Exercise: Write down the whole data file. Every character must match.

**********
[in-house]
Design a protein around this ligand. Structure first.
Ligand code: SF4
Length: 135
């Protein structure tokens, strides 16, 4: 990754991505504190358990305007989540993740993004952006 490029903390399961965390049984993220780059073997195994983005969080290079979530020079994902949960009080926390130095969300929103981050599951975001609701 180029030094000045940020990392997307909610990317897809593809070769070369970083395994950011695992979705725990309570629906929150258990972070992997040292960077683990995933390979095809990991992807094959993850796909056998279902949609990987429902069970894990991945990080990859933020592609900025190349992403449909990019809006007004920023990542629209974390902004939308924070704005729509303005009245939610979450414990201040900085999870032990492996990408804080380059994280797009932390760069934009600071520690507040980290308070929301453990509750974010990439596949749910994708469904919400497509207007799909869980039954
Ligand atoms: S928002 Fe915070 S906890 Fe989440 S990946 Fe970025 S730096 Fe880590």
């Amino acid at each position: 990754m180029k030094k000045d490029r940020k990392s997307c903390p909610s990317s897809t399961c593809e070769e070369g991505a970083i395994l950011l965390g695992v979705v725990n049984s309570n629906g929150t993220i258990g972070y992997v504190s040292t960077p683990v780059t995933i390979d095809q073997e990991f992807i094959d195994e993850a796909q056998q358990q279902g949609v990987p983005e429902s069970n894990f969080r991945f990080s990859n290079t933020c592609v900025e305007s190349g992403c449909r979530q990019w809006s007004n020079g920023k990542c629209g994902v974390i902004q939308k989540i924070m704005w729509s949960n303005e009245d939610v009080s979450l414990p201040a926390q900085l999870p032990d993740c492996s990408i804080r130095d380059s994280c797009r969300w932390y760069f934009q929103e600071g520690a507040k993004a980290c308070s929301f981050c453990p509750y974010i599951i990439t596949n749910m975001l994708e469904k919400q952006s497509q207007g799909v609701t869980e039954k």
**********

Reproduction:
[in-house]
Design a protein around this ligand. Structure first.
Ligand code: SF4
Length: 135
């Protein structure tokens, strides 16, 4: 990754991505504190358990305007989540993740993004952006 490029903390399961965390049984993220780059073997195994983005969080290079979530020079994902949960009080926390130095969300929103981050599951975001609701 180029030094000045940020990392997307909610990317897809593809070769070369970083395994950011695992979705725990309570629906929150258990972070992997040292960077683990995933390979095809990991992807094959993850796909056998279902949609990987429902069970894990991945990080990859933020592609900025190349992403449909990019809006007004920023990542629209974390902004939308924070704005729509303005009245939610979450414990201040900085999870032990492996990408804080380059994280797009932390760069934009600071520690507040980290308070929301453990509750974010990439596949749910994708469904919400497509207007799909869980039954
Ligand atoms: S928002 Fe915070 S906890 Fe989440 S990946 Fe970025 S730096 Fe880590």
């Amino acid at each position: 990754m180029k030094k000045d490029r940020k990392s997307c903390p909610s990317s897809t399961c593809e070769e070369g991505a970083i395994l950011l965390g695992v979705v725990n049984s309570n629906g929150t993220i258990g972070y992997v504190s040292t960077p683990v780059t995933i390979d095809q073997e990991f992807i094959d195994e993850a796909q056998q358990q279902g949609v990987p983005e429902s069970n894990f969080r991945f990080s990859n290079t933020c592609v900025e305007s190349g992403c449909r979530q990019w809006s007004n020079g920023k990542c629209g994902v974390i902004q939308k989540i924070m704005w729509s949960n303005e009245d939610v009080s979450l414990p201040a926390q900085l999870p032990d993740c492996s990408i804080r130095d380059s994280c797009r969300w932390y760069f934009q929103e600071g520690a507040k993004a980290c308070s929301f981050c453990p509750y974010i599951i990439t596949n749910m975001l994708e469904k919400q952006s497509q207007g799909v609701t869980e039954k």